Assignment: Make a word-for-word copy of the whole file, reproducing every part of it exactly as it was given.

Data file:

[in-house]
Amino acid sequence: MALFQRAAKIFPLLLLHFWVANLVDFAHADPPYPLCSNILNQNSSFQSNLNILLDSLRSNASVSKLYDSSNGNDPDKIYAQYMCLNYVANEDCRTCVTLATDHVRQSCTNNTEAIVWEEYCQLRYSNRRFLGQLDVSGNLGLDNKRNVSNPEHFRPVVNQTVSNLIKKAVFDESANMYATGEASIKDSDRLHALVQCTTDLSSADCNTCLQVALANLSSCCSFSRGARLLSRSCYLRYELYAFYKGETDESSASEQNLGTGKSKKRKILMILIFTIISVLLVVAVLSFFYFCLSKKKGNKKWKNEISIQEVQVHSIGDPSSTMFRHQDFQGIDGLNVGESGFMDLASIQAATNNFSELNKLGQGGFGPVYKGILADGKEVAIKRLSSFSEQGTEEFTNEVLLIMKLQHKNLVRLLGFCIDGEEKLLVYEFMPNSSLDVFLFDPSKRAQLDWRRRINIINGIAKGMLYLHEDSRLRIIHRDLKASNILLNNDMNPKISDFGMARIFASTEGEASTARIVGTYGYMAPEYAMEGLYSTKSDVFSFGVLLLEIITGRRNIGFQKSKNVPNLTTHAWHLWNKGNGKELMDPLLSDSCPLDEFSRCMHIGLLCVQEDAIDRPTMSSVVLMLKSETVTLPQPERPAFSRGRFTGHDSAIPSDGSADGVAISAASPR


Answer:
[in-house]
Amino acid sequence: MALFQRAAKIFPLLLLHFWVANLVDFAHADPPYPLCSNILNQNSSFQSNLNILLDSLRSNASVSKLYDSSNGNDPDKIYAQYMCLNYVANEDCRTCVTLATDHVRQSCTNNTEAIVWEEYCQLRYSNRRFLGQLDVSGNLGLDNKRNVSNPEHFRPVVNQTVSNLIKKAVFDESANMYATGEASIKDSDRLHALVQCTTDLSSADCNTCLQVALANLSSCCSFSRGARLLSRSCYLRYELYAFYKGETDESSASEQNLGTGKSKKRKILMILIFTIISVLLVVAVLSFFYFCLSKKKGNKKWKNEISIQEVQVHSIGDPSSTMFRHQDFQGIDGLNVGESGFMDLASIQAATNNFSELNKLGQGGFGPVYKGILADGKEVAIKRLSSFSEQGTEEFTNEVLLIMKLQHKNLVRLLGFCIDGEEKLLVYEFMPNSSLDVFLFDPSKRAQLDWRRRINIINGIAKGMLYLHEDSRLRIIHRDLKASNILLNNDMNPKISDFGMARIFASTEGEASTARIVGTYGYMAPEYAMEGLYSTKSDVFSFGVLLLEIITGRRNIGFQKSKNVPNLTTHAWHLWNKGNGKELMDPLLSDSCPLDEFSRCMHIGLLCVQEDAIDRPTMSSVVLMLKSETVTLPQPERPAFSRGRFTGHDSAIPSDGSADGVAISAASPR